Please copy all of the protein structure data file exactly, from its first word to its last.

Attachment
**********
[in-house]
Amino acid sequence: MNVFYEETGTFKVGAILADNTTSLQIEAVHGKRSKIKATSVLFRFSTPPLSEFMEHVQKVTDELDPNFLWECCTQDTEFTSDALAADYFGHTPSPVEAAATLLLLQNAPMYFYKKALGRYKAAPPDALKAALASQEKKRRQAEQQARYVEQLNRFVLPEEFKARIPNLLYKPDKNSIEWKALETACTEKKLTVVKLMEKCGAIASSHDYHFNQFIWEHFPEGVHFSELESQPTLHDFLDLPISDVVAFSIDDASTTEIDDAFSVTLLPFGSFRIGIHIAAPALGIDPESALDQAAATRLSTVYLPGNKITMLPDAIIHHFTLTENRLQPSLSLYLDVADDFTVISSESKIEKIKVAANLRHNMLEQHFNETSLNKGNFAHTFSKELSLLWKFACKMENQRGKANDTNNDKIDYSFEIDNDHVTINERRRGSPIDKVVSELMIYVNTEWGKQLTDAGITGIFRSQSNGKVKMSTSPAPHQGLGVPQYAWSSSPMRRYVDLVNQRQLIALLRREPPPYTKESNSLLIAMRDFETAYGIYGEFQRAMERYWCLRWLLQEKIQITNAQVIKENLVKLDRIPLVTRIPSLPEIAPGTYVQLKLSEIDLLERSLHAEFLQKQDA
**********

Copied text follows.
[in-house]
Amino acid sequence: MNVFYEETGTFKVGAILADNTTSLQIEAVHGKRSKIKATSVLFRFSTPPLSEFMEHVQKVTDELDPNFLWECCTQDTEFTSDALAADYFGHTPSPVEAAATLLLLQNAPMYFYKKALGRYKAAPPDALKAALASQEKKRRQAEQQARYVEQLNRFVLPEEFKARIPNLLYKPDKNSIEWKALETACTEKKLTVVKLMEKCGAIASSHDYHFNQFIWEHFPEGVHFSELESQPTLHDFLDLPISDVVAFSIDDASTTEIDDAFSVTLLPFGSFRIGIHIAAPALGIDPESALDQAAATRLSTVYLPGNKITMLPDAIIHHFTLTENRLQPSLSLYLDVADDFTVISSESKIEKIKVAANLRHNMLEQHFNETSLNKGNFAHTFSKELSLLWKFACKMENQRGKANDTNNDKIDYSFEIDNDHVTINERRRGSPIDKVVSELMIYVNTEWGKQLTDAGITGIFRSQSNGKVKMSTSPAPHQGLGVPQYAWSSSPMRRYVDLVNQRQLIALLRREPPPYTKESNSLLIAMRDFETAYGIYGEFQRAMERYWCLRWLLQEKIQITNAQVIKENLVKLDRIPLVTRIPSLPEIAPGTYVQLKLSEIDLLERSLHAEFLQKQDA